More than one in five women in Mansfield and Ashfield put their unborn child at risk

Mothers in Mansfield and Ashfield are putting their unborn child at risk of being born too small by smoking, new figures have been released.

More than 23 percent of mothers in the two districts are smoking at time of delivery, making it third worst in the country according to NHS Digital.

A mum-to-be smoking

A mum-to-be smoking

It compares to just 10.5 per cent of new mum smokers in England.

Smoking while pregnant are twice as likely to give birth to a low birth weight baby compared to non-smokers and it more than doubles the risk of stillbirth.

Dr Gavin Lunn, Clinical Lead for Mansfield and Ashfield CCG, said: “Protecting your baby from tobacco smoke is one of the best things you can do to give your child a healthy start in life.

“Smoking while pregnant exposes a woman and her unborn child to an increased risk of health problems. Women who smoke are twice as likely to give birth to a low birth weight baby compared to non-smokers.

"But stopping smoking will help both you and your baby immediately by reducing the risk of complications in pregnancy and birth. Even if you stop in the last few weeks of your pregnancy it will benefit you and your baby.

“We know there are a high number of people who smoke at the time of delivery in our area, but we have a clear action plan to address the issue, and help more pregnant smokers to give up."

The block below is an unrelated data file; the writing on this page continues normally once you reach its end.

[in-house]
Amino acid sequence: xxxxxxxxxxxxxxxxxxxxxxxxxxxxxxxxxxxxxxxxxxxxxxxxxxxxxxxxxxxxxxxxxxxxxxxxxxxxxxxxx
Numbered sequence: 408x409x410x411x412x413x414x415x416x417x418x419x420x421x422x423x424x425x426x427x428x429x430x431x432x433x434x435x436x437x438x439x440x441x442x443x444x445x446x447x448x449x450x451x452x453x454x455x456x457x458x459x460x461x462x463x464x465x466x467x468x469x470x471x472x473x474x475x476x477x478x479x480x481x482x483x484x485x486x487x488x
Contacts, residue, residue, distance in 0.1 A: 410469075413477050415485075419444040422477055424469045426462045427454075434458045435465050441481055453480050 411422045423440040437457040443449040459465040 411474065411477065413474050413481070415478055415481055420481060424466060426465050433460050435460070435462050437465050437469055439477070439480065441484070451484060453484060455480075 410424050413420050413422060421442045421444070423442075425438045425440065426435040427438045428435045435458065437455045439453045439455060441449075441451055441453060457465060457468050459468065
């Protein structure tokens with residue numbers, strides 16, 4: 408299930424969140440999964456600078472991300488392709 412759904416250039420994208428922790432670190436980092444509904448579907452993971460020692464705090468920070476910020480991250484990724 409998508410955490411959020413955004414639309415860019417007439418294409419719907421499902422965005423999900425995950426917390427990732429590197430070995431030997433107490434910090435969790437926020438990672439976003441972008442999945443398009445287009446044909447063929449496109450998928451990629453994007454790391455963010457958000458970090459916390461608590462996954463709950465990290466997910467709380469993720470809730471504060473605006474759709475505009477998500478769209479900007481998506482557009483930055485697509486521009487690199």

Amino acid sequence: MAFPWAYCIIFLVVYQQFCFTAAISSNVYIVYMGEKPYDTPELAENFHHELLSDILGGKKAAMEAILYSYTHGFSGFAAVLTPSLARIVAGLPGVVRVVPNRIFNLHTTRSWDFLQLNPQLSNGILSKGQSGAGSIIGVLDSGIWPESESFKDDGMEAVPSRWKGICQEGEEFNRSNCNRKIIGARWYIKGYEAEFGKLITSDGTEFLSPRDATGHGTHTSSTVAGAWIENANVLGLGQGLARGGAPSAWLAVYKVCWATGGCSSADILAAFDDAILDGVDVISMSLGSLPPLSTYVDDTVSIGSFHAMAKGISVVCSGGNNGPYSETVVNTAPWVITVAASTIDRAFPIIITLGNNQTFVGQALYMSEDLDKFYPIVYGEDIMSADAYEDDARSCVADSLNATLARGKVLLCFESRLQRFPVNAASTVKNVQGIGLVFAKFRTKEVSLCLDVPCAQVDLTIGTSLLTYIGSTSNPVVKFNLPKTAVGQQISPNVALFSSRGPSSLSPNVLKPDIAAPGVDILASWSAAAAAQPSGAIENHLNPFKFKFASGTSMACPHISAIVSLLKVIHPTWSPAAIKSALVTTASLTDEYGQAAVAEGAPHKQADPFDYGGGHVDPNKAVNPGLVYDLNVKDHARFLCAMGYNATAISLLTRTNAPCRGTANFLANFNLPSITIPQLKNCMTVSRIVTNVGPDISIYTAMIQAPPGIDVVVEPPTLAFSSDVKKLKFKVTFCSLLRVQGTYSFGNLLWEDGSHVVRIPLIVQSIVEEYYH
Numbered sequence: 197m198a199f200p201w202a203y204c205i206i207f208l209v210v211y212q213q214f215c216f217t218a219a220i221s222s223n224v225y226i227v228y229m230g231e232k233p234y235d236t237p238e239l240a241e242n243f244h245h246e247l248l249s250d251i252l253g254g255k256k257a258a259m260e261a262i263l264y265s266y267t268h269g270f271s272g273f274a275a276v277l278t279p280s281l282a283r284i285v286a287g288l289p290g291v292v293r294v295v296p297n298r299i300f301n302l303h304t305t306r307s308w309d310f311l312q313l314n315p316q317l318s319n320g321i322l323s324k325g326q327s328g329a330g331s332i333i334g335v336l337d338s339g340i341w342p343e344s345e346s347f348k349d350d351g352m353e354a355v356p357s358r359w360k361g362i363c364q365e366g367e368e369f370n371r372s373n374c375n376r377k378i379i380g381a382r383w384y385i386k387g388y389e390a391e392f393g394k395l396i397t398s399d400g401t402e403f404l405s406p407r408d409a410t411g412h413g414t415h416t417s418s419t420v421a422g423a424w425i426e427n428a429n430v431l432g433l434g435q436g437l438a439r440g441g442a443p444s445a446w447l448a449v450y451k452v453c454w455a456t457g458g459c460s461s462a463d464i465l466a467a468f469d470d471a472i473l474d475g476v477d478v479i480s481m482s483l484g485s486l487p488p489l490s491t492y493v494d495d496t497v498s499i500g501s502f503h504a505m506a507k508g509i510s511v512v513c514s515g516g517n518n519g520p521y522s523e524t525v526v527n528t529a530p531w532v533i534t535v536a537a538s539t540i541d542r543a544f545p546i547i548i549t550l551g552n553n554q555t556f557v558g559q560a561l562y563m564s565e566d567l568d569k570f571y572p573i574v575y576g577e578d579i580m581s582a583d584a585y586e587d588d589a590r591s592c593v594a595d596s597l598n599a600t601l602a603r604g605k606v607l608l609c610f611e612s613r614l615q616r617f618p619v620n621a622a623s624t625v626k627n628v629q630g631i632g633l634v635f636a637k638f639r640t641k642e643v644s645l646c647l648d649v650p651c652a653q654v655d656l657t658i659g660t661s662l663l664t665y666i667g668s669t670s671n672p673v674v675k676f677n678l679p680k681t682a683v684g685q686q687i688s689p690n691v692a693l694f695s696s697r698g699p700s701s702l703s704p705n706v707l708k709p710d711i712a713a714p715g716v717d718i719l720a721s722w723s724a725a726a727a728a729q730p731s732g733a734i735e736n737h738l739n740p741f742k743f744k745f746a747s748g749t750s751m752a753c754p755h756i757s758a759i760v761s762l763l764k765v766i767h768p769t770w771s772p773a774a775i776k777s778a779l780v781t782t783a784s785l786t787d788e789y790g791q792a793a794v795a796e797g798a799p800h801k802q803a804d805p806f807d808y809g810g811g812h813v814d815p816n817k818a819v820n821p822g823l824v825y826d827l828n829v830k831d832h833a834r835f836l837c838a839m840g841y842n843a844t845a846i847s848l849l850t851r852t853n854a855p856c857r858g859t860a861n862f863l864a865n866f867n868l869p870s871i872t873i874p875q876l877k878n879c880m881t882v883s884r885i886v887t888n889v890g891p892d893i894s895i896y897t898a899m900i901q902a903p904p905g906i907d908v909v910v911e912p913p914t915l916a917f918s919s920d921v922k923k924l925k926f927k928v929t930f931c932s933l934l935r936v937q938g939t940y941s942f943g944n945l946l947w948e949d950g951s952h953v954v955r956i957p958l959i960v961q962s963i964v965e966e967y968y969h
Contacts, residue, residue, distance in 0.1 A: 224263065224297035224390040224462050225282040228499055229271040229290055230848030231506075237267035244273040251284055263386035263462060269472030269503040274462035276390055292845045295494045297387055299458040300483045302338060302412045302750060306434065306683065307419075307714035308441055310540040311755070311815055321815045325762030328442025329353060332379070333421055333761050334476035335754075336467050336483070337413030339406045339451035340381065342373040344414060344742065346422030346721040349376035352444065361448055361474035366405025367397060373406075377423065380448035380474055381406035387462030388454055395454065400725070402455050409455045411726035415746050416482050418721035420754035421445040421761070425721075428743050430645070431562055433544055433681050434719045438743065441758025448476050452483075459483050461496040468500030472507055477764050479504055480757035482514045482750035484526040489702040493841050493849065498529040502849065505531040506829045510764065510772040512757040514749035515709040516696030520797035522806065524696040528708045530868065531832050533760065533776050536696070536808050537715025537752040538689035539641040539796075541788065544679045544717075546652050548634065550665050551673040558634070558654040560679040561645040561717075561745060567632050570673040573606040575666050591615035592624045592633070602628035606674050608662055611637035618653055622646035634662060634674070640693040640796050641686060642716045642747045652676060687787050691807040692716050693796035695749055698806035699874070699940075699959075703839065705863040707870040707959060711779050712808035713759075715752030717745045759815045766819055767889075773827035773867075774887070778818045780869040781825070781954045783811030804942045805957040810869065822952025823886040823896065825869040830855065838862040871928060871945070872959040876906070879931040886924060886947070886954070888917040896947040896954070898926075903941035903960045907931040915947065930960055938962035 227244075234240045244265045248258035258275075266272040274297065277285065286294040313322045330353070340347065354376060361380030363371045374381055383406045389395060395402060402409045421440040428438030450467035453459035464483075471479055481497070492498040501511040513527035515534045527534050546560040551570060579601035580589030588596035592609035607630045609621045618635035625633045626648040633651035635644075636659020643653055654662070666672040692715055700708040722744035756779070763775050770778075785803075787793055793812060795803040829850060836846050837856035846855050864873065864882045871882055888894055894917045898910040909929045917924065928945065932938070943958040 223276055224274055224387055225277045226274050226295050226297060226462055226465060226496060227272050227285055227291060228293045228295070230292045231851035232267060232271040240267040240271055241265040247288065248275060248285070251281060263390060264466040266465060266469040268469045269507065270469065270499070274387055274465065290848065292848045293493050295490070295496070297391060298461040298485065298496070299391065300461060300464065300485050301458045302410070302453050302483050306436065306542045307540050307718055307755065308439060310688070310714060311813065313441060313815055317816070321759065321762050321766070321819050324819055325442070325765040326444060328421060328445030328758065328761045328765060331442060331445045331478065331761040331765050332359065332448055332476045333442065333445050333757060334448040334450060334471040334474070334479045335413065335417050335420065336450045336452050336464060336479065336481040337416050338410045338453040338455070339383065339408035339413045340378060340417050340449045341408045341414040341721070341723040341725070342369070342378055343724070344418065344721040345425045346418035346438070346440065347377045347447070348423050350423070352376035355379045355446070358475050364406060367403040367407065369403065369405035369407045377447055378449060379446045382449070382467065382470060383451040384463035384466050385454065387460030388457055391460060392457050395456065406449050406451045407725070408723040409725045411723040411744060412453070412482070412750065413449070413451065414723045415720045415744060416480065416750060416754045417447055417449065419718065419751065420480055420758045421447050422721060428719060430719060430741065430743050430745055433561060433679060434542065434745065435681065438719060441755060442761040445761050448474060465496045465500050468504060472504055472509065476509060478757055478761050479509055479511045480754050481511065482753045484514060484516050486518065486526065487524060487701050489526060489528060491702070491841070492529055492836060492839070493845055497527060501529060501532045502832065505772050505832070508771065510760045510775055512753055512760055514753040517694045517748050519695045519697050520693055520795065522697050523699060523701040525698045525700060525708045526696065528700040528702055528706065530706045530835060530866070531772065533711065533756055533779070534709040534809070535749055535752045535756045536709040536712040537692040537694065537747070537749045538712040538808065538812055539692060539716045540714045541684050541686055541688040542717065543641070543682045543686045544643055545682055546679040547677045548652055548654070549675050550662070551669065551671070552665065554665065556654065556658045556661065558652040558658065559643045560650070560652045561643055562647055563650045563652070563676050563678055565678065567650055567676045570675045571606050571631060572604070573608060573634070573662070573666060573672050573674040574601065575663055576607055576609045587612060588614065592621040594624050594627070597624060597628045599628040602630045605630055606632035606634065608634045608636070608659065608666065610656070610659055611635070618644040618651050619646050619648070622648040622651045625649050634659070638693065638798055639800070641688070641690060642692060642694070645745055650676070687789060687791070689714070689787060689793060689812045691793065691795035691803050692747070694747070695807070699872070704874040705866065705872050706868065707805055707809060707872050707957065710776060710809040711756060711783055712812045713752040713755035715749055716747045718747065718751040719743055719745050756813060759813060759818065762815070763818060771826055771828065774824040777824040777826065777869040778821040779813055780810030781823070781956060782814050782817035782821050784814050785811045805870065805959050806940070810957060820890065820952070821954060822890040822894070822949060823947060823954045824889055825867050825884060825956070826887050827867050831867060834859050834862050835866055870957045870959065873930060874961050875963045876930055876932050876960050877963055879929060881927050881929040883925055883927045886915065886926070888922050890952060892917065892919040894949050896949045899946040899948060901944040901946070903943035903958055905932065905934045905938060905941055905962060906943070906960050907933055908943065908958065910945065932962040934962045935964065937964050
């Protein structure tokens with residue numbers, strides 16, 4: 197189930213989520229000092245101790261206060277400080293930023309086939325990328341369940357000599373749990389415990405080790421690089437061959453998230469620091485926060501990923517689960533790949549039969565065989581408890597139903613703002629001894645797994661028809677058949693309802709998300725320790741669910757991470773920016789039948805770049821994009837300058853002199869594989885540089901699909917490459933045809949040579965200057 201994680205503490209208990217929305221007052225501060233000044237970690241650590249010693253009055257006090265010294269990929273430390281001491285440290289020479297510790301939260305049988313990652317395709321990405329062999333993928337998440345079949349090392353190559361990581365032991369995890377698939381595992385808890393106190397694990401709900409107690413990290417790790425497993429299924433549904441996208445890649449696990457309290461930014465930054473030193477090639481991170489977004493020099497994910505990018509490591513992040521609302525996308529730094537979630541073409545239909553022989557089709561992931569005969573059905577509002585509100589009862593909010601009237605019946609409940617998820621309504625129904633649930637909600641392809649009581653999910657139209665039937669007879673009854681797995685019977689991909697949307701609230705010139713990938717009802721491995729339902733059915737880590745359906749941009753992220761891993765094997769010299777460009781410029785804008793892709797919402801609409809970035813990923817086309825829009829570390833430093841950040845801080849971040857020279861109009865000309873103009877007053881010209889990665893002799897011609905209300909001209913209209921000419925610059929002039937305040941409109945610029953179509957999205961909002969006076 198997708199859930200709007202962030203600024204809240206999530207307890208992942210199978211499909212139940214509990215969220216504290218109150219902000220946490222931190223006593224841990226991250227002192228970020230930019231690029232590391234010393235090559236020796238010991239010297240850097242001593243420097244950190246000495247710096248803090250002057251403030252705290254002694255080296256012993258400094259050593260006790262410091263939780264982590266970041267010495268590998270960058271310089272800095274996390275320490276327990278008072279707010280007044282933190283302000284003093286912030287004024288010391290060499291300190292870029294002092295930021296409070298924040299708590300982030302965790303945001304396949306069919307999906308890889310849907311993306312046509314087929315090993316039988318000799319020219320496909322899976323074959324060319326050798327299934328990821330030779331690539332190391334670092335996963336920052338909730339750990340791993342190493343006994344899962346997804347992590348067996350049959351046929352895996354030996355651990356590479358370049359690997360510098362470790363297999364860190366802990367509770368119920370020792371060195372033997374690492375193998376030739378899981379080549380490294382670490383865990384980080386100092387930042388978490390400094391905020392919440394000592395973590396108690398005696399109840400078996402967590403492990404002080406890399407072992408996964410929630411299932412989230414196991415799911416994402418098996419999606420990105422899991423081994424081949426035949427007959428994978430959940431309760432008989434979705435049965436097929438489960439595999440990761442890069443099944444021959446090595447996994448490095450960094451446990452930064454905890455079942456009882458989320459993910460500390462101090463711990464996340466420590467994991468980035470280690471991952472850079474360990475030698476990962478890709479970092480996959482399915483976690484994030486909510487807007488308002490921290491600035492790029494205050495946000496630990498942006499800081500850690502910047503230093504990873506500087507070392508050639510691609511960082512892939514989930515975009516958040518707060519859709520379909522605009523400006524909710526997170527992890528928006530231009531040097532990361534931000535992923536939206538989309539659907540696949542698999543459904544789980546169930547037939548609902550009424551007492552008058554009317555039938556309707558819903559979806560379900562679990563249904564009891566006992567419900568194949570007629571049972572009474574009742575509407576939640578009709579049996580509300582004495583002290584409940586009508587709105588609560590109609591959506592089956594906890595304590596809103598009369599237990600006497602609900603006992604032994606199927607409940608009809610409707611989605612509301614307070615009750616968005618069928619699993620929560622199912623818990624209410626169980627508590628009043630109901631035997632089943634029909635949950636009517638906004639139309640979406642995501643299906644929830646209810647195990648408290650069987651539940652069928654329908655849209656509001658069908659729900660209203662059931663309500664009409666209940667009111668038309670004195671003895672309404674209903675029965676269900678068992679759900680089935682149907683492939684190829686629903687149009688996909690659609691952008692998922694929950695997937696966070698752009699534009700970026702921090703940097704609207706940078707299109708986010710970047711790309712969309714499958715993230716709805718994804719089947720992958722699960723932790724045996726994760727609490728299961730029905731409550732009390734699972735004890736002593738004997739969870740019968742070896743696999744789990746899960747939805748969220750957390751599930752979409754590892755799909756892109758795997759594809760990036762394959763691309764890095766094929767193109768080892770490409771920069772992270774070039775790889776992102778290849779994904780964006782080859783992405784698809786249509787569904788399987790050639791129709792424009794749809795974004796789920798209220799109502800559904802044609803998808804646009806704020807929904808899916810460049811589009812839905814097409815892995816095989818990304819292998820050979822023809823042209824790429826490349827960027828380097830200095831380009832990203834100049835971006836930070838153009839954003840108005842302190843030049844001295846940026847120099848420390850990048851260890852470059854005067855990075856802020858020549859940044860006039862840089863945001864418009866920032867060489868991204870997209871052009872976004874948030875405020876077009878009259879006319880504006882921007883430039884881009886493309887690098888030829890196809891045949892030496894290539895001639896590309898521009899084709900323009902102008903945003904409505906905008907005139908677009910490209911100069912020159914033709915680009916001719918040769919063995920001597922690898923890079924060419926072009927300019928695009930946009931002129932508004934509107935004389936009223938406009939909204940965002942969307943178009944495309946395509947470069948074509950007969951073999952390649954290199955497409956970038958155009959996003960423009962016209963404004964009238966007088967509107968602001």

The CCG with the highest percentage of women smoking at time of delivery is NHS North East Lincolnshire at 24.9 per cent.

Dr Lunn said the commissioning group are planning to launch a campaign to tackle the issue.

He said: “Nottinghamshire is one of the few areas of the country to introduce a hard-hitting intervention process delivered by a midwife with an individual mother and her family. The intervention graphically explains the effects of smoking on a foetus. At the same time pregnant smokers receive more observations to check for complications, and carbon monoxide monitoring to make sure babies receive a good supply of Oxygen in the womb.

“This year we plan to launch a new ‘Love Bump’ health campaign to promote smoke free pregnancies. We are also working with local health and care organisations to reduce smoking in pregnancy to 10 per cent in Mansfield and Ashfield and 8 per cent in Newark & Sherwood by 2022, working towards lower national targets.”